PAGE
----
- Powerful 4th generation Intel processor
- Quiet, sleek and compact
- Blu-ray burner
- A single 256GB SSD for storage
- Middle-of-the-road video card
- Just one PCIe x16 slot (occupied)
The HP Envy 700-030qe is an above-average computer that’s reasonably priced.
HP’s Envy product line gives the company’s engineers an opportunity to break from building buttoned-down productivity machines and strut their stuff by crafting something that gamers and media mavens will appreciate. While you’ll never mistake the Envy 700-030qe’s cookie-cutter design for a custom-built rig from a boutique PC builder, this machine features the key components that enable it to run with that crowd, but at a far lower price point.
HP planted one of the world’s most powerful CPUs in its Envy 700-030qe: Intel’s Core i7-4770. A boutique vendor, on the other hand, would have sprung for the Core i7-4770K, the completely unlocked variant that begs to be overclocked. Actually, you can custom-order your Envy with that processor for an additional $150, but you’ll inevitably want to spend more cash after the machine arrives (no matter which processor you choose) to update its negligible cooling system: The chassis is equipped with just a single fan.
Still, the Envy tore through our strenuous Desktop Worldbench 8.1 benchmark suite, producing a very good score of 352. That score not only marks the Envy 700-030qe as more than 3.5 times faster than our baseline system, Acer’s all-in-one Aspire U M5-583P-6428, but puts it in contention with—you guessed it—systems from boutique vendors that are based on Intel’s Core i7-4770K processor. Digital Storm’s Virtue, for instance, earned a Worldbench score of 399.
A PC needs more than just a fast processor to earn a high Worldbench score. The machine also needs plenty of memory, fast storage, and a strong video card. HP gets most of that right by packing in 12GB of DDR3/1600 memory, Nvidia’s GeForce GTX 645 video card, and a 256GB SSD inside the Envy 700. The SSD is generously proportioned for a consumer rig, but that 256GB is all the storage HP provides. I’d recommend either springing for a second drive if you order one (you can order the Envy 700 with a 1TB drive as secondary storage for $90, if you want the entire system to be covered by HP’s two-year warranty), or adding a second drive as soon as you unpack it (you should be able to find a 2TB drive for a few bucks more than what HP is charging, plus tax and shipping).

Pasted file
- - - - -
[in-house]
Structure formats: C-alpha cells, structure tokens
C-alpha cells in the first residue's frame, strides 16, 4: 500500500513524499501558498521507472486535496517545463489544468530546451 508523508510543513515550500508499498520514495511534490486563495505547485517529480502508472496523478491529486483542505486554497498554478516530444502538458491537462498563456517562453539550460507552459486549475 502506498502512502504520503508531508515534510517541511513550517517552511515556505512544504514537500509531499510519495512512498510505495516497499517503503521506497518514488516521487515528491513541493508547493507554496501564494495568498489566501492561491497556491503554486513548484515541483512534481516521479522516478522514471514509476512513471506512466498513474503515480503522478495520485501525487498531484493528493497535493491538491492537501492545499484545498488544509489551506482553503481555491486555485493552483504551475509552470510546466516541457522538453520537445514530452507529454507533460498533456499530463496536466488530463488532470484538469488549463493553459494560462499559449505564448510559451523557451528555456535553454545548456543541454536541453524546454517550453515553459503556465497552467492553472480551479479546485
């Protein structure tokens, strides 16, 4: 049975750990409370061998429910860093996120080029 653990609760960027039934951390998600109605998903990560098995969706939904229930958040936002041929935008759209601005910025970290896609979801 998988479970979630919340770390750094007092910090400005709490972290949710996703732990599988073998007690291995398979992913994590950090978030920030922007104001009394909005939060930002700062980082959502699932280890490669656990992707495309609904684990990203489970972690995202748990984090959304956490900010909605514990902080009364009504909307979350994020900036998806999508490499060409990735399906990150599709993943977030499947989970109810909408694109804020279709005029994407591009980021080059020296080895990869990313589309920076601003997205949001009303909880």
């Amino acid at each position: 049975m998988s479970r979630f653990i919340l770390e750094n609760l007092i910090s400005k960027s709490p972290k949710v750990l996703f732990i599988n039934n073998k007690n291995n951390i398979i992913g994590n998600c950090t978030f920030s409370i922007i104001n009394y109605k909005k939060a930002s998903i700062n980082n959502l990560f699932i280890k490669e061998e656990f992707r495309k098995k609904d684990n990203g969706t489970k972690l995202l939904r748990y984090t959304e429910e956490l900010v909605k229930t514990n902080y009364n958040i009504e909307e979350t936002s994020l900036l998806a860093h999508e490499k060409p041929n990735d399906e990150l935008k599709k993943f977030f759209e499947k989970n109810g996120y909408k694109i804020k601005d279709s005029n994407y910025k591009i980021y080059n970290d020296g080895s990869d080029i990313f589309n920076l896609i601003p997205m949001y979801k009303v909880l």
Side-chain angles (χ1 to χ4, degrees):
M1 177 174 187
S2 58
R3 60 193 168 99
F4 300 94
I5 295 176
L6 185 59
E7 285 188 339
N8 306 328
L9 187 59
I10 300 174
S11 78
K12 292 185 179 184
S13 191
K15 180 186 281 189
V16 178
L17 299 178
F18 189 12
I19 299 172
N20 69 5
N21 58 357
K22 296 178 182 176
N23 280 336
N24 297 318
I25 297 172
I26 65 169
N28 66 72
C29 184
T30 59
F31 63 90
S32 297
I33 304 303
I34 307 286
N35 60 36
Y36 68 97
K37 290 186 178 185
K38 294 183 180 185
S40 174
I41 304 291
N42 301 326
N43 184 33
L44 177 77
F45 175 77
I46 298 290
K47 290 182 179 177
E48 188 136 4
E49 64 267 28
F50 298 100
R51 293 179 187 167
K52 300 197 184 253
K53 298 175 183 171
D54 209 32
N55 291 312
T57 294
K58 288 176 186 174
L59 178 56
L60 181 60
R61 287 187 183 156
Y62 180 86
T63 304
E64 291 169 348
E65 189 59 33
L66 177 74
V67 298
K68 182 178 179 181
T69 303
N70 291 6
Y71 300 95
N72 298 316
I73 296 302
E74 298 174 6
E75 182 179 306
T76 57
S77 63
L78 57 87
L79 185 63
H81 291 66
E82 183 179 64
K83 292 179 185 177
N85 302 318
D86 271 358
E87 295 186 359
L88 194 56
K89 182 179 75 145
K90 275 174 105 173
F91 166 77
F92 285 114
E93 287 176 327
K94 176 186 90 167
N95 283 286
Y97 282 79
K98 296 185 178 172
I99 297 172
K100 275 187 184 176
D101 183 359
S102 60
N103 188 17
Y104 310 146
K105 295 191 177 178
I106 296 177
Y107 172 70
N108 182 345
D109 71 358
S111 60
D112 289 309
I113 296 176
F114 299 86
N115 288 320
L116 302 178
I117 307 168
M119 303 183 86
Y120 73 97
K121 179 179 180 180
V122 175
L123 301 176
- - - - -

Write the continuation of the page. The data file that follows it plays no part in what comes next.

Our enthusiasm for the Envy 700 wanes just a little on the gaming front, which is ironic given the heritage of the Envy brand name (HP acquired it, along with the rest of the assets of luxury PC manufacturer Voodoo PC, back in 2006). The Envy 700’s Nvidia GeForce GTX 645 is a decidedly middle-of-the-road video card. It’s an OEM model with slightly better specs than the GeForce GTX 650 that you’ll find at retail (it has 576 CUDA cores and 2GB of GDDR5 memory, versus the GTX 650’s 384 CUDA cores and 1GB of GDDR5).
This GTX 645 doesn’t support Nvidia’s SLI dual-GPU technology, but that’s a moot point because the Envy 700’s motherboard has just one PCIe x16 slot anyway. The Envy 700’s dinky 460-watt power supply unit might also get in the way of a future video card upgrade (you can order your system with an optional 600-watt PSU; that will add $70 to the system’s price tag but will improve your future upgrade options).
With the resolution in Dirt Showdown set to 1920 by 1080 and visual quality at Ultra, the Envy delivered an unplayable 21 frames per second. Digital Storm’s Virtue, which is outfitted with a top-of-the-line Nvidia GeForce GTX 780 card, churned out 86 frames per second with that game at the same settings. (Our reference system, by the way, couldn’t play the game at all at that resolution because it lacks a discrete video card.) When we dialed the resolution down to 1024 by 768 and reduced visual quality to low, the HP delivered the game at 134.5 frames per second, more than twice the minimum we consider to be playable. The system is pleasantly quiet, too.
If your entertainment preferences run more to movies, HP has you covered with not just a Blu-ray drive, but an increasingly rare (with retail computers, anyway) Blu-ray burner. The Envy 700 also has an onboard 802.11n Wi-Fi adapter, so you won’t need to hardwire the computer to your router (or buy an adapter to take advantage of that super-fast 802.11ac router you just bought). The back has two USB 2.0 and two USB 3.0 ports; two more of each appear in the front (along with a media-card reader and headphone and mic jacks).
The bundled USB mouse and keyboard (wireless options are available for an additional $40) are about what you’d expect: The mouse has a nice curve to fit the hand, and the keyboard is a basic black unit with no backlighting. The keyboard does have dedicated buttons for controlling media-player software.
The HP Envy 700-030qe is an above-average computer that’s reasonably priced at $1450. When we built out a comparable system based on Digital Storm’s Virtue (with an unlocked Core i7-4770K, 16GB of DDR/3 memory, an Nvidia GeForce GTX 650 Ti Boost video card, and a 256GB Samsung 840 Pro SSD), that system’s price tag came out to $1713. That’s a not-insignificant bump of $263, even if it does buy you better components and a prettier, more easily upgradable machine.